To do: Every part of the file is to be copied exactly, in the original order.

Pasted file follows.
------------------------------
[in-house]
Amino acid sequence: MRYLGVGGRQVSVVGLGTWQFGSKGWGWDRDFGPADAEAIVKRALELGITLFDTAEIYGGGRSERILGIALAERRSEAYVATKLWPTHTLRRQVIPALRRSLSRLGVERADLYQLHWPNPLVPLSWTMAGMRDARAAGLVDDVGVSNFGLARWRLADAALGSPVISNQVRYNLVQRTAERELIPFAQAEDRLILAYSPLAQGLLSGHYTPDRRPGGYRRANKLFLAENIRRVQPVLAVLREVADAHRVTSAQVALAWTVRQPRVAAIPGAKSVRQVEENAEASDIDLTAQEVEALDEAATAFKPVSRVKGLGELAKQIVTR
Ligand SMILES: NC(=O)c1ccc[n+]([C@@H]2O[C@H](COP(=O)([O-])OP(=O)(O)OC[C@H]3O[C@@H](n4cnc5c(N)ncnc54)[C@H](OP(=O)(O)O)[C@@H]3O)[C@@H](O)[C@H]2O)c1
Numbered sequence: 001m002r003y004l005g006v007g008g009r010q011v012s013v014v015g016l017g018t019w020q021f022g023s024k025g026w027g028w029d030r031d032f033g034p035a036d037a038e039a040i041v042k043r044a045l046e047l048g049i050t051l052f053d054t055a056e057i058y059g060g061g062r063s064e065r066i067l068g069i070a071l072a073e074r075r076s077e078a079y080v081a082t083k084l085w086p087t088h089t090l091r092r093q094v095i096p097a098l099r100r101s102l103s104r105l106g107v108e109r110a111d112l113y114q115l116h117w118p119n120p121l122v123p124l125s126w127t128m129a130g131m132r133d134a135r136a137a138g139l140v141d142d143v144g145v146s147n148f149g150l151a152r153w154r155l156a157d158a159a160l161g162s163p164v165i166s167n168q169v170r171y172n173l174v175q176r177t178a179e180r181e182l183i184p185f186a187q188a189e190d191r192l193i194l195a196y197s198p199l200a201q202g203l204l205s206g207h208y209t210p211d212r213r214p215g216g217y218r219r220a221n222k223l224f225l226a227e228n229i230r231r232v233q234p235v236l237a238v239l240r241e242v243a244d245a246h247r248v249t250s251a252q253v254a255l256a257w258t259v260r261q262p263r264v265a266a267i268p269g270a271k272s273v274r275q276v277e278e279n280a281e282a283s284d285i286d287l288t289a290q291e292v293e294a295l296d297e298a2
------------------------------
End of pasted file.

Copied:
[in-house]
Amino acid sequence: MRYLGVGGRQVSVVGLGTWQFGSKGWGWDRDFGPADAEAIVKRALELGITLFDTAEIYGGGRSERILGIALAERRSEAYVATKLWPTHTLRRQVIPALRRSLSRLGVERADLYQLHWPNPLVPLSWTMAGMRDARAAGLVDDVGVSNFGLARWRLADAALGSPVISNQVRYNLVQRTAERELIPFAQAEDRLILAYSPLAQGLLSGHYTPDRRPGGYRRANKLFLAENIRRVQPVLAVLREVADAHRVTSAQVALAWTVRQPRVAAIPGAKSVRQVEENAEASDIDLTAQEVEALDEAATAFKPVSRVKGLGELAKQIVTR
Ligand SMILES: NC(=O)c1ccc[n+]([C@@H]2O[C@H](COP(=O)([O-])OP(=O)(O)OC[C@H]3O[C@@H](n4cnc5c(N)ncnc54)[C@H](OP(=O)(O)O)[C@@H]3O)[C@@H](O)[C@H]2O)c1
Numbered sequence: 001m002r003y004l005g006v007g008g009r010q011v012s013v014v015g016l017g018t019w020q021f022g023s024k025g026w027g028w029d030r031d032f033g034p035a036d037a038e039a040i041v042k043r044a045l046e047l048g049i050t051l052f053d054t055a056e057i058y059g060g061g062r063s064e065r066i067l068g069i070a071l072a073e074r075r076s077e078a079y080v081a082t083k084l085w086p087t088h089t090l091r092r093q094v095i096p097a098l099r100r101s102l103s104r105l106g107v108e109r110a111d112l113y114q115l116h117w118p119n120p121l122v123p124l125s126w127t128m129a130g131m132r133d134a135r136a137a138g139l140v141d142d143v144g145v146s147n148f149g150l151a152r153w154r155l156a157d158a159a160l161g162s163p164v165i166s167n168q169v170r171y172n173l174v175q176r177t178a179e180r181e182l183i184p185f186a187q188a189e190d191r192l193i194l195a196y197s198p199l200a201q202g203l204l205s206g207h208y209t210p211d212r213r214p215g216g217y218r219r220a221n222k223l224f225l226a227e228n229i230r231r232v233q234p235v236l237a238v239l240r241e242v243a244d245a246h247r248v249t250s251a252q253v254a255l256a257w258t259v260r261q262p263r264v265a266a267i268p269g270a271k272s273v274r275q276v277e278e279n280a281e282a283s284d285i286d287l288t289a290q291e292v293e294a295l296d297e298a2